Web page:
Writing the last one — I should say the last set, since I expanded on the topic and wrote way more than I perhaps should have — was instructive, because the development of the stories was so strange to me.  With only three sentences to tell a story, I agonized for the weekend over what story I could tell, what characters I could bring to bear, what possible development and twists I could effect within such a short period.  My first story was good but fell into my typical vein of the dark and somewhat horrific account of a more or less mild-mannered somebody taking part in senseless violence.  It’s a little bit of a motif with me, I’m afraid, and I’m just not sure how effective it really is.  It wasn’t bad, but the moment I wrote it, I realized just how much of a step into an old shoe it was, which is why I decided to write another one.

So I rebooted, kept my central idea and parameters, and brought in new characters, new conflicts.  New perspective, new story, new twist.  And v2 was better, I think, though it still fell in the same dark, depraved vein of the first.  But twisting the idea in my brain felt refreshing, so I tried again.  If the first story was a cruise down a familiar highway, the second was a short detour on a quaint exit ramp for a franchise burger.  A bit different but nothing incredible.

So for the third go-round, I decided to take a hard left into the ditch.  Rather than characters, I characterized inanimate objects (more or less), let them talk and explore human emotions and ideas, and … end up at the same dark murderous place.  Hmm.  The new take on characters was like a fantastic little food truck discovered set up around the corner from my office.  Totally new and exciting food in a familiar and comforting setting.  I knew I was getting warmer.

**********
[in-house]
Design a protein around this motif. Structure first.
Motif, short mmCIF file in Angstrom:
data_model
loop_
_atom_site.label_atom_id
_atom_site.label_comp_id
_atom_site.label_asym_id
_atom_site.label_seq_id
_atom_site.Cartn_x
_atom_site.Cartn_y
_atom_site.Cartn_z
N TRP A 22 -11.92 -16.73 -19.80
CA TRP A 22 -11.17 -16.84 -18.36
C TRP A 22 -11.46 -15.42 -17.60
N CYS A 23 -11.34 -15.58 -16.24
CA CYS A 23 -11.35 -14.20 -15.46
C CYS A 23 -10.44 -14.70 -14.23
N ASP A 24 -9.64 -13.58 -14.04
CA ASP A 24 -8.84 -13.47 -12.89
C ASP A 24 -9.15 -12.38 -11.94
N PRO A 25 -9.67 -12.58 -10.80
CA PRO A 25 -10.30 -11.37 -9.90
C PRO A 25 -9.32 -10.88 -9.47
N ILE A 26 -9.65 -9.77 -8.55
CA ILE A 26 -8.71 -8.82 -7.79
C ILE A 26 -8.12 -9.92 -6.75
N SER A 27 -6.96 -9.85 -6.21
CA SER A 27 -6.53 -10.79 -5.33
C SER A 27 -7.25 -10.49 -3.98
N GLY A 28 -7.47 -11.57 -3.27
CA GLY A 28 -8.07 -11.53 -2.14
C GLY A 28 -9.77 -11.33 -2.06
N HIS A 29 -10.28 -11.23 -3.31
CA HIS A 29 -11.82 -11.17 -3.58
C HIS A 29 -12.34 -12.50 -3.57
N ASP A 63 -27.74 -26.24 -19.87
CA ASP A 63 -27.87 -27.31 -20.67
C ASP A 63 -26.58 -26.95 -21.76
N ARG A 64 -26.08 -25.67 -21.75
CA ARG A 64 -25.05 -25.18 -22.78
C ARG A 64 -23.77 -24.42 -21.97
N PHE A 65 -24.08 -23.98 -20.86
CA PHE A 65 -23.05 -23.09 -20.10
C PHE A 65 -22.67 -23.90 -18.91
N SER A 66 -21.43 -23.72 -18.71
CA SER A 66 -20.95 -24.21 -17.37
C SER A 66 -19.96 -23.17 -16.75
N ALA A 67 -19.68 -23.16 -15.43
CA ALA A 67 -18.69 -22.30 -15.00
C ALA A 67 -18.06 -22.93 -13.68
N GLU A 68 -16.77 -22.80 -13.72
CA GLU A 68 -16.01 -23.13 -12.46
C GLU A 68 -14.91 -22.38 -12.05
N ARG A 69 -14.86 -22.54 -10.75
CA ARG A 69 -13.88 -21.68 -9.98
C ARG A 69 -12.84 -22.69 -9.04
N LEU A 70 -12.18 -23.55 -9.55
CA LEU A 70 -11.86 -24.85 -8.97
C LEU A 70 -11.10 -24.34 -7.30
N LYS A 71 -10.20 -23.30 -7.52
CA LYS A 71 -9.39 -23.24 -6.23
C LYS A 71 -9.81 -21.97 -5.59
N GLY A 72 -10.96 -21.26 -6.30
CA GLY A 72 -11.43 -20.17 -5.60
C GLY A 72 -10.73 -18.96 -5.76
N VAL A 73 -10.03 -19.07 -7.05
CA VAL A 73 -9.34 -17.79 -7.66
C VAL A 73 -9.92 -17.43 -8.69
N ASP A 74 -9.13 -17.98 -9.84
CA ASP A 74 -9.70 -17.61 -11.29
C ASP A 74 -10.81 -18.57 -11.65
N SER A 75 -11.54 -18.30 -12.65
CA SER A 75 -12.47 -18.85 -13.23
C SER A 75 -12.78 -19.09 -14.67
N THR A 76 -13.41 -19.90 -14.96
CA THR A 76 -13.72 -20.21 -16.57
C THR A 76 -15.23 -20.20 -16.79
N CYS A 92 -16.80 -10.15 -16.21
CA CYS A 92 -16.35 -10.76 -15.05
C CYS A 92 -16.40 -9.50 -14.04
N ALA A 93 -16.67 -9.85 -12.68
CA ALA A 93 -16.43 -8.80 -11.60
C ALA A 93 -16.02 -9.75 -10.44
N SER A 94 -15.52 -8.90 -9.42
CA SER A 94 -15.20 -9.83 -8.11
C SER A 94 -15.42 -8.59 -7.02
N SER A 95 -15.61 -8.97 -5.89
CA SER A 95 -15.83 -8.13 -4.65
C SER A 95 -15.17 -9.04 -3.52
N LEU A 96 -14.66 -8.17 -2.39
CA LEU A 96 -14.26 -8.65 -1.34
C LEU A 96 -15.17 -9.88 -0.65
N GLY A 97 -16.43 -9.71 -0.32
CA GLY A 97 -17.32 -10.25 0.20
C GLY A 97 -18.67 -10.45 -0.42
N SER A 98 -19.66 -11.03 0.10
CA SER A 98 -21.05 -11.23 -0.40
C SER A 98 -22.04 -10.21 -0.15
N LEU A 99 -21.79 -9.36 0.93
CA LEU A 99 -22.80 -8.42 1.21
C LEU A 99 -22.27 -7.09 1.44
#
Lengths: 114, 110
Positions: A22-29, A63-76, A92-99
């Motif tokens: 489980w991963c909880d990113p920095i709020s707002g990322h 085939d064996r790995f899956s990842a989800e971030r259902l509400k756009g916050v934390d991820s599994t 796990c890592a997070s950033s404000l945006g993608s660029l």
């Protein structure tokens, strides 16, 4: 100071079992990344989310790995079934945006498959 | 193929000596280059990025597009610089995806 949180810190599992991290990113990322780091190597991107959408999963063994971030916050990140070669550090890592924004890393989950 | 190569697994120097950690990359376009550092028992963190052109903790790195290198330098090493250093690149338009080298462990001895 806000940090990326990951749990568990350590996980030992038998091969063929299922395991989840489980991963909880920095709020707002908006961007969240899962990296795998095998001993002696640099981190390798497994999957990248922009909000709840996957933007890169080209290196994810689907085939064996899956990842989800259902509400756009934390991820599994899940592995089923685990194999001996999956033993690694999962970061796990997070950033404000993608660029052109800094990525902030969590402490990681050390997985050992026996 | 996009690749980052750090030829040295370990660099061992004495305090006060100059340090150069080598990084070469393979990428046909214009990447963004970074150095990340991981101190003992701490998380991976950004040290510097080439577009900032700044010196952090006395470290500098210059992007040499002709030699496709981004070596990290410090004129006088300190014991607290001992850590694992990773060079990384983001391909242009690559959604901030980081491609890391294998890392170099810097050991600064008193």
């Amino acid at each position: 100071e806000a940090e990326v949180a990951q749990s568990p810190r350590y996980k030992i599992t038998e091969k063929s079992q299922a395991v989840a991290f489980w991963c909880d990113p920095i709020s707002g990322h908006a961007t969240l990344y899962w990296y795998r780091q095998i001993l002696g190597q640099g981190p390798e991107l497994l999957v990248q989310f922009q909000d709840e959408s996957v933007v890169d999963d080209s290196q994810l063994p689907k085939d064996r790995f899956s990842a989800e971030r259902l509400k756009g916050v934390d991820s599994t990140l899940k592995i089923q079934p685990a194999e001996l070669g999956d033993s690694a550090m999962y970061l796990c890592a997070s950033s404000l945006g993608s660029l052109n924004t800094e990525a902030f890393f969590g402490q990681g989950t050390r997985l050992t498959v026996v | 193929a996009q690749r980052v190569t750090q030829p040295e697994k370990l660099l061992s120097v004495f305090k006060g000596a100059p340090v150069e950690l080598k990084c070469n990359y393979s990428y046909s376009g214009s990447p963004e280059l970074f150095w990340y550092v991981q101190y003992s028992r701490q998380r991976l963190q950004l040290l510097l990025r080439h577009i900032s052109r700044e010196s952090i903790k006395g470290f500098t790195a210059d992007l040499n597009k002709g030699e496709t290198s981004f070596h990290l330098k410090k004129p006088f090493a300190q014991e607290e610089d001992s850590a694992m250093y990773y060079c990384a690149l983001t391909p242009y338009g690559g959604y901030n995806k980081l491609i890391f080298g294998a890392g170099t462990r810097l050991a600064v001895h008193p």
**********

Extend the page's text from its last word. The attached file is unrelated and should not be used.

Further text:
On the fourth go-round, I struck gold.  I re-imagined the central idea once again, personified an inanimate object and used my scenario to describe a situation that happens every day.  Not an earth-shattering revelation about everyday, just a little thought experiment on what might be happening when the vending machine at the end of the hall rejects your dollar.  Somehow, it felt like gold.  An ostensibly ridiculous premise with an endearing (at least, I think so!) character whom you don’t expect, giving an unexpected perspective and staying light and upbeat.  So it was a bit out of my comfort zone, a bit funny, a bit ridiculous, and very much me.  As I was writing it, before it was finished (yeah, that quickly, even before I could finish three sentences), I could tell it was the best one.  That “magic” was happening, that crazy feeling where you feel like you’ve tapped into the magical mind-juice of the universe and your pen (okay, your keyboard) is acting as a conduit for the timeless universal stories that speak to everybody.  You know, a good writing session.

The fifth attempt felt a little forced, so I pulled the plug after that one.

So, to reflect, I wrote one story in my usual vein, a second with one foot out of the vein, a third with an eye on a different horizon, and a fourth that struck out toward that horizon and — by all accounts — seems to be resonating with folks who read it.  So now, I’ve got another prompt in front of me for the weekend, and I’m all in my own head, wondering if I need to write three junk stories before I get at the “real” one.  For that matter, I’m working on an extended short story and boy oh boy, does it feel awkward and forced.  Like I’m in touch with the central idea, and I’m enjoying the premise, but I can tell as I’m writing it that I’m not telling the story the right way.

Do I need a few crap attempts at the topic to “clear the pipes” so that I can get down to writing the story that I want to write?  If so, how far do I have to carry those stories out?  When I wrote Rejected v1, it felt like a pretty good story to me, but in retrospect I can see that it’s awfully derivative.  The current version of Powdered Chaos, at about 30% completion, already feels crap.  Do I need to carry it to is conclusion before I take another stab at it?  Or, having written about 4000 words on it already, can I legitimately realize it’s crap and start over without crashing my creative process?

In short, just what the hell is my creative process anyway?  This is seriously bugging me, and it’s bogging down my writing hard while I’m trying to carry my momentum through this lull before I jump into editing Accidentally Inspired.

Need to figure this out.  Anybody else have anxiety like this about your drafts?  How do you attack it?  Do I just write the crap to clear the pipes or do I resist the urge to waste time on the crap and hold out for the good ideas to strike?